It’s the parents, not the students who will be doing the hiring. Most families should seek out third party experts for a “free” consultation well in advance of the senior year to know what the process is all about and if their family could benefit – and not just financially. What’s the value of getting an edge in admissions & being accepted to the college of your choice?
While many people have now heard terms such as “independent college counselor” or “educational consultant”, many remain unclear as to what services these individuals provide, and therefore cannot decide whether or not such a person can help, or even what kinds of students should consider seeking such services.
To explain: an independent counselor or consultant is just that. They do not work for a school or college. A competent consultant knows about college admissions based upon their educational and/or work background, and thereby can provide information about colleges to students who need advice and/or input from someone other than their parents or their friends. They can also help students whose school counselors are working with many other students and/or can provide additional information and research to help students find the “right fit” for them.
Students who are interested in “thinking outside the box” (I want to attend a small college with a self-design major in an urban setting), who need more direction for specific areas of interest (DI or DIII sports or transportation majors), or who have learning issues (I did not take a foreign language because of my dyslexia) can benefit greatly from the services of an independent consultant. Others who can benefit from these services include those who have difficulty coming up with ideas for their essay, those who need help staying on target to complete their applications, or those who need someone to help their parents understand the current marketplace.
If you do decide to hire an independent consultant, make sure you work with someone who understands your needs, who travels to colleges and can make appropriate recommendations, and who does not “do the work for you”–after all, it is called a “personal essay” for a reason!
Students who need extra help with the admission process, students who want one on one attention, students who have a school counselor with a high caseload who may not have time to help them navigate the process, or students who are the first to go to college (not including your parents- the process has changed quite a bit in 20 years).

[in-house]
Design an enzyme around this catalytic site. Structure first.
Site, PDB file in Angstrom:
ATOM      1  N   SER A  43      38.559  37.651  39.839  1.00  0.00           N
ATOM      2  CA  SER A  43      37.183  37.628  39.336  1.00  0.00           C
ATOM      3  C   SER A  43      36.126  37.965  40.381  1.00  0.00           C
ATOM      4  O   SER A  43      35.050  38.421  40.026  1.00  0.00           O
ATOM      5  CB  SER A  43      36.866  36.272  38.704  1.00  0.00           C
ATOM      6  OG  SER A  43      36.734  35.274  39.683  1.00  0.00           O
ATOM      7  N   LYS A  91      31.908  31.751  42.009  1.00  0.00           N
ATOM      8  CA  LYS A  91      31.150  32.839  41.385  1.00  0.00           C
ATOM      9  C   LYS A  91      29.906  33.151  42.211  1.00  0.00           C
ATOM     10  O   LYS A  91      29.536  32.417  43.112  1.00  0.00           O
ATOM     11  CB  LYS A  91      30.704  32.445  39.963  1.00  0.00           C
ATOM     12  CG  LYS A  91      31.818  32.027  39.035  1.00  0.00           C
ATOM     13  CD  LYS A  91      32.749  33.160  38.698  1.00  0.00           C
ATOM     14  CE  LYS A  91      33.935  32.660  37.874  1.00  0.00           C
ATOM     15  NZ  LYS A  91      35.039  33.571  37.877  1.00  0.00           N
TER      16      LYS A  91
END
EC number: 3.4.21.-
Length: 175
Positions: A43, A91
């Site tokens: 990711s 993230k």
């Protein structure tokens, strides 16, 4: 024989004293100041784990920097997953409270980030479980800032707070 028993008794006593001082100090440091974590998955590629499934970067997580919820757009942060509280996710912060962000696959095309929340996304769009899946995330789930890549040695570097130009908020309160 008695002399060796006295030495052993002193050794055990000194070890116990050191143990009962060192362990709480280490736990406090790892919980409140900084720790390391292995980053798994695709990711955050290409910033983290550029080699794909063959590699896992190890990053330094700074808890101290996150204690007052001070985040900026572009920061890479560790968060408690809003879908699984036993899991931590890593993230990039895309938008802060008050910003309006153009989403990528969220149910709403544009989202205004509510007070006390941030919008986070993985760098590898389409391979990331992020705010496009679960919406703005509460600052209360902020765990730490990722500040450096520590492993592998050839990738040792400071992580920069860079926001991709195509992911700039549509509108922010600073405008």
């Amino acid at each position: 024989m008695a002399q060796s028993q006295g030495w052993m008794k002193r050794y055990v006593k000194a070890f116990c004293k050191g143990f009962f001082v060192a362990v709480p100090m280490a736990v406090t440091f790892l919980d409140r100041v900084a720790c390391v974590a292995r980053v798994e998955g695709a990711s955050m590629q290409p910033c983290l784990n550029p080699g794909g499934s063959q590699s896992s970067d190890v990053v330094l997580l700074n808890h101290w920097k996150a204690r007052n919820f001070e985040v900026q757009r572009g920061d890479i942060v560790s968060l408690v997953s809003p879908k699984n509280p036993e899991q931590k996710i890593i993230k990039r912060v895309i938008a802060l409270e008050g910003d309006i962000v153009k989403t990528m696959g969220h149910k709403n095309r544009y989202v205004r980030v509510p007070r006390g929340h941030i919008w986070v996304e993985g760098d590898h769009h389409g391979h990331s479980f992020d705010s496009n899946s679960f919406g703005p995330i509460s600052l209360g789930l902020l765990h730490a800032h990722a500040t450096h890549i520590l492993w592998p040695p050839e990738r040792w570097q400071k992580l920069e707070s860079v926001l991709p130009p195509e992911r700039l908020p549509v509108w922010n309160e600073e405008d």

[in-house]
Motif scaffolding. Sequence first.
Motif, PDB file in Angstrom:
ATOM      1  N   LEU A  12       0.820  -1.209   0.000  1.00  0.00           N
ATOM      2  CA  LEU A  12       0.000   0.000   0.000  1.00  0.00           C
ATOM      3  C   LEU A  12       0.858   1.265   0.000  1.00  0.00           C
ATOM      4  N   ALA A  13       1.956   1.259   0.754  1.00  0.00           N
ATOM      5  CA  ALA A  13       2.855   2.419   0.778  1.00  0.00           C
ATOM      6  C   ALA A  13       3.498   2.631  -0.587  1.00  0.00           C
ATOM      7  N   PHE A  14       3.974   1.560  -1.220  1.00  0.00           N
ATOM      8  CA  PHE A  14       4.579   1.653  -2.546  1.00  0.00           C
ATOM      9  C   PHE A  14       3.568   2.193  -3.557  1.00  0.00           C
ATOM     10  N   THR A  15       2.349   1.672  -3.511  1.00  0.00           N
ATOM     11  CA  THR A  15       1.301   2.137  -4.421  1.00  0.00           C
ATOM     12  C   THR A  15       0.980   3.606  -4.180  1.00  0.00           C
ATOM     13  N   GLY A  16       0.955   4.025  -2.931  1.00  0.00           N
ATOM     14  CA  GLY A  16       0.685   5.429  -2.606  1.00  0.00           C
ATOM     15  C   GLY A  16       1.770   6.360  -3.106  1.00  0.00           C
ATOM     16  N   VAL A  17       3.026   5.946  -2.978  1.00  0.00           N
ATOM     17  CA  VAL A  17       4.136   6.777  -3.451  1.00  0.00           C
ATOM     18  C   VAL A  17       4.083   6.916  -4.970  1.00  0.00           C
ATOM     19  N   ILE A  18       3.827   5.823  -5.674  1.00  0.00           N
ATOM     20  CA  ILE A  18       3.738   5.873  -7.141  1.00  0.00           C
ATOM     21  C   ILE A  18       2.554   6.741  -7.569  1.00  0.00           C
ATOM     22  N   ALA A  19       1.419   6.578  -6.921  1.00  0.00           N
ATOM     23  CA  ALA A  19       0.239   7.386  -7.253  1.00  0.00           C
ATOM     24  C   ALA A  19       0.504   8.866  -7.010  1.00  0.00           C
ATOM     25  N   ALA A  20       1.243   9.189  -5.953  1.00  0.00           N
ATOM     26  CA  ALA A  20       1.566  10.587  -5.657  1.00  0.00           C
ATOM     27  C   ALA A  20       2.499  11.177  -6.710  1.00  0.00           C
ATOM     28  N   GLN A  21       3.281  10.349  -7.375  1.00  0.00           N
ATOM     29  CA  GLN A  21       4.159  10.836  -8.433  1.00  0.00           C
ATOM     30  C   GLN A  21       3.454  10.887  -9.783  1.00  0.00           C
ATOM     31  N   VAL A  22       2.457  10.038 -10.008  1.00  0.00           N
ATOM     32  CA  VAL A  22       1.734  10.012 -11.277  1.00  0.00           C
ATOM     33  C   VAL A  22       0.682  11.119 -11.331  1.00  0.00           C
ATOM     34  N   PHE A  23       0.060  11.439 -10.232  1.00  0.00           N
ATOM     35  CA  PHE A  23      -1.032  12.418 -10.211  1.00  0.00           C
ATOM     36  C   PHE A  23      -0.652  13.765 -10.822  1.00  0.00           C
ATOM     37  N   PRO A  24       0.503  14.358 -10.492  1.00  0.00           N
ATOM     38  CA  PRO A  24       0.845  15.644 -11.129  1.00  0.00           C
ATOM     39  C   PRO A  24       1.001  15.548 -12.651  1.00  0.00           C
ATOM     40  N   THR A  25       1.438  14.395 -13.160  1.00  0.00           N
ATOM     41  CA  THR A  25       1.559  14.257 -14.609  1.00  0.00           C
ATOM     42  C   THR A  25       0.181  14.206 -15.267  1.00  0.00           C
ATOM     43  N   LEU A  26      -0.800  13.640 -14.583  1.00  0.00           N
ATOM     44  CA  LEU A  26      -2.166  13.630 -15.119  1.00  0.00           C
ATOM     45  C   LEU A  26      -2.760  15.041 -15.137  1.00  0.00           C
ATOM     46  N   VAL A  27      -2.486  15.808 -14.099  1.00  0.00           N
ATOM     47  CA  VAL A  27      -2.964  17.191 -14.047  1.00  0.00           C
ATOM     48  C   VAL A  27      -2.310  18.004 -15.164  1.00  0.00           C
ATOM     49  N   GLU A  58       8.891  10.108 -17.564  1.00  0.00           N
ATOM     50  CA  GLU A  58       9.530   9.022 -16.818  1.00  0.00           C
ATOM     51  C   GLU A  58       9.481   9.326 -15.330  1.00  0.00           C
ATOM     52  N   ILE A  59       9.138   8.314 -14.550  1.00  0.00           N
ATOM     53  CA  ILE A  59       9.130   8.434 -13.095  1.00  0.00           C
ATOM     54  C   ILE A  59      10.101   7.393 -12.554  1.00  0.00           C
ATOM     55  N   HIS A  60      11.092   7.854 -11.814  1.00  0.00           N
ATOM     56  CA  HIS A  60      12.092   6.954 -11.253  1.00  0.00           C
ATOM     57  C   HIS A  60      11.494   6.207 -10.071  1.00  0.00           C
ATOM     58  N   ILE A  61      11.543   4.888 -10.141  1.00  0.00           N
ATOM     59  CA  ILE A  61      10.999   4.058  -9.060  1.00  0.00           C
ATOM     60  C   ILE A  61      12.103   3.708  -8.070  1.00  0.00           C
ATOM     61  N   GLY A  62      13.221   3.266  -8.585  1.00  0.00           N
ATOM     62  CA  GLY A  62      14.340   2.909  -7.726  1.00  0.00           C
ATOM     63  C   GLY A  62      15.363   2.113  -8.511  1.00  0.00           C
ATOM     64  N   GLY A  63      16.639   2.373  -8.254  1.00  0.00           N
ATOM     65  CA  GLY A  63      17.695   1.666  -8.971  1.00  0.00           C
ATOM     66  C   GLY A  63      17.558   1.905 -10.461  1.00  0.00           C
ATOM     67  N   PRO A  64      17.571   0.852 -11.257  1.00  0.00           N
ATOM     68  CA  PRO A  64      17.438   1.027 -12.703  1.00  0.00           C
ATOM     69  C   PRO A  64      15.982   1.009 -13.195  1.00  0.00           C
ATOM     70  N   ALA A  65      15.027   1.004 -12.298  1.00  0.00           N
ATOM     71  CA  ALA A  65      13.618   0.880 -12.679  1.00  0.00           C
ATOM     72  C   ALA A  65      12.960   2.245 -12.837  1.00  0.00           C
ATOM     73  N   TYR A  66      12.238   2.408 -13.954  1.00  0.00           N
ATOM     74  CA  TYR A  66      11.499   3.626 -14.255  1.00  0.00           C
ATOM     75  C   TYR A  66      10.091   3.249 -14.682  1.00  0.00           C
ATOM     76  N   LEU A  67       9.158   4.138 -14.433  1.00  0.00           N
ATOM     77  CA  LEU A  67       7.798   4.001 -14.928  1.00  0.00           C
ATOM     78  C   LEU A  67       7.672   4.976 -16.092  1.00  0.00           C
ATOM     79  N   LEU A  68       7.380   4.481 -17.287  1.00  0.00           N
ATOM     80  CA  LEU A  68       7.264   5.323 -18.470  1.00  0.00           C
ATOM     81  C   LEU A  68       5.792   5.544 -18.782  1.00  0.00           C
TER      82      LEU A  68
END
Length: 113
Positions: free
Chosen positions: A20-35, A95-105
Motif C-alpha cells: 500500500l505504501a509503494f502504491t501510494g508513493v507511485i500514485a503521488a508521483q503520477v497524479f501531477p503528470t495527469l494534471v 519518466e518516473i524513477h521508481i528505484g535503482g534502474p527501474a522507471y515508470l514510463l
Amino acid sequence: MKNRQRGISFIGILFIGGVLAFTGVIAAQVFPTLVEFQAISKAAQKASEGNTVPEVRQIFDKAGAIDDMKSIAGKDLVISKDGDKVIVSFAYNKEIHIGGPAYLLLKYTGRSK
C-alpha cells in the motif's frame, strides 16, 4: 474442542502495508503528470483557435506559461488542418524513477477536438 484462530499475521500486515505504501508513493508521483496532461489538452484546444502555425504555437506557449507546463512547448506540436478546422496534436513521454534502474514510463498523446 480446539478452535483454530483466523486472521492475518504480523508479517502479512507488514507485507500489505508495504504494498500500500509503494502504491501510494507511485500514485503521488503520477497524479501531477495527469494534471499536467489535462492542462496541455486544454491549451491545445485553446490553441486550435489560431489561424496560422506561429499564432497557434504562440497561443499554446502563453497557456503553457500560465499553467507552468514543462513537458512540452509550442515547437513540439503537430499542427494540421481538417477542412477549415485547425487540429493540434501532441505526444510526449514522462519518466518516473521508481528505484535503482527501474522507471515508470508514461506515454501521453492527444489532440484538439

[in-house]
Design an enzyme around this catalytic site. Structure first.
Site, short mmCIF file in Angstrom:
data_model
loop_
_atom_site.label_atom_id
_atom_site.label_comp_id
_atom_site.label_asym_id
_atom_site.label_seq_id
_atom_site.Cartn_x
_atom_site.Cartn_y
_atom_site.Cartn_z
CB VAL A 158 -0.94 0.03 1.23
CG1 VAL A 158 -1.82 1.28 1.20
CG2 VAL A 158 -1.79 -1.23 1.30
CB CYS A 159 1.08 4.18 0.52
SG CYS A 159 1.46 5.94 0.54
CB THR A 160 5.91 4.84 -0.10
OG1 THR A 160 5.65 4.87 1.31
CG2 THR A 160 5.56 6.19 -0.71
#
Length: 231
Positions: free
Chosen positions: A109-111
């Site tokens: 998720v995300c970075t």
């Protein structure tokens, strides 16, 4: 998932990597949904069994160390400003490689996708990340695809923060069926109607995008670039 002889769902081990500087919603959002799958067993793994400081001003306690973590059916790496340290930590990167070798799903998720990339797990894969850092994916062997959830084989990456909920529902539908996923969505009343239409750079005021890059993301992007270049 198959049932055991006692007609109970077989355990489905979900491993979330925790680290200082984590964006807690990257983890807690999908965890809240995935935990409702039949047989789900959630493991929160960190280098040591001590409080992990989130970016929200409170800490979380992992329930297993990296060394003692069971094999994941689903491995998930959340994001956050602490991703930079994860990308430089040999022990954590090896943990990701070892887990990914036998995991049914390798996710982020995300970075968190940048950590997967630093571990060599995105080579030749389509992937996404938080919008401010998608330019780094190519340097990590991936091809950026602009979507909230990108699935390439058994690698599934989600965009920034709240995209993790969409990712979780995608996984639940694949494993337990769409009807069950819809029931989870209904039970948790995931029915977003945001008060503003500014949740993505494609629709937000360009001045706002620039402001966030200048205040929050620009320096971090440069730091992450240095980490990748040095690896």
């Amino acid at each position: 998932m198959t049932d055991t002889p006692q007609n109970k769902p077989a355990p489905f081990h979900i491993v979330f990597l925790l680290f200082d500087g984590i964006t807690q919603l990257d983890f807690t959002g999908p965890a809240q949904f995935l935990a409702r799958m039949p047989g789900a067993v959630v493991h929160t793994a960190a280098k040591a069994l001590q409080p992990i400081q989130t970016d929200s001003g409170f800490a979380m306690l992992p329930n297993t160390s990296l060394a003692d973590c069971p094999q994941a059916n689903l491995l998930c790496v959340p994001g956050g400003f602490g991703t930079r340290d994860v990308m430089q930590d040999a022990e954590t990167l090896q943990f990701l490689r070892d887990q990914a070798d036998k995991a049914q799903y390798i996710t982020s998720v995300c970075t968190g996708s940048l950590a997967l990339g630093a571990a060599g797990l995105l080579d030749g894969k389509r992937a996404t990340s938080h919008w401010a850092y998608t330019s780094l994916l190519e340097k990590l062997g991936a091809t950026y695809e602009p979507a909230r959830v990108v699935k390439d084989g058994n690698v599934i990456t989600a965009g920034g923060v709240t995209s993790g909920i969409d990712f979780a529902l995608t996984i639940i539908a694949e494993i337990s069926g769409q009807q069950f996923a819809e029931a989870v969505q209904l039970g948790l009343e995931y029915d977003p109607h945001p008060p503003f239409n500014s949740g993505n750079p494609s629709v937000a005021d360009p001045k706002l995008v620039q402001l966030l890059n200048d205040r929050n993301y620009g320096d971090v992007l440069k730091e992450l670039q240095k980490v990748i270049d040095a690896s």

All students benefit from the opportunity to seek a well-matched college setting through one-on-one conversations with an experienced admissions professional. However, certain types of students are particularly well-suited for outside support.
An independent college counselor can be valuable to any student, whether he or she is shooting for the Ivy League, a state college or university, or a unique liberal arts or art school. A good counselor helps students build a broad, balanced list of colleges where they will thrive and assesses their chances of acceptance at each; their goal is to help clients get into the schools that are the best matches for their goals and needs. She or her will also provide expert guidance in crafting an exceptional essay and application that truly reflects the student’s “best self”, academically and personally. Counselors help students find their stories and tell them in compelling ways, and often uncover unique strengths and characteristics the student didn’t even know he or she had. Of course, counselors are also indispensable for addressing the many complexities and confusions that arise during the admissions process, and may help families maintain an even keel during the often stressful time by serving as an “intermediary” between parents and kids (who wants to spend senior year nagging and fighting over college applications?).
Those who do not feel they are getting sufficient access to the guidance counselor at their school may want to consider an outside counselor. That being said, anyone considering an independent counselor should recognize that colleges generally will not communicate with them and do not consider any recommendations they may offer. However, the large number of students for which a school counselor may be responsible can often be problematic and as a result a student may not get the help and attention they need. Consequently, if a student is looking for someone to help them develop or winnow a college list, go over some essays, or help them identify the best way to proceed, an independent counselor can be of help.
– Most American high schools have guidance counselors, but this is not always the best option. If you are interested in going to a non American school then an independent counselor would probably know more than a regular high school one. Vice versa, an international student wishing to come to American colleges should hire one, as they will know more about the application process than a local counselor who doesn’t deal with students who want to leave the country as much.
– If you have special needs in any way that would make your college experience different from anyone else’s, be it physical, mental, religious, dietary, etc, an independent counselor can better help you research which school would be right for you than a high school counselor with several charges and who may not know what schools have the most Halal options for muslim students.
Here is my video response to the question.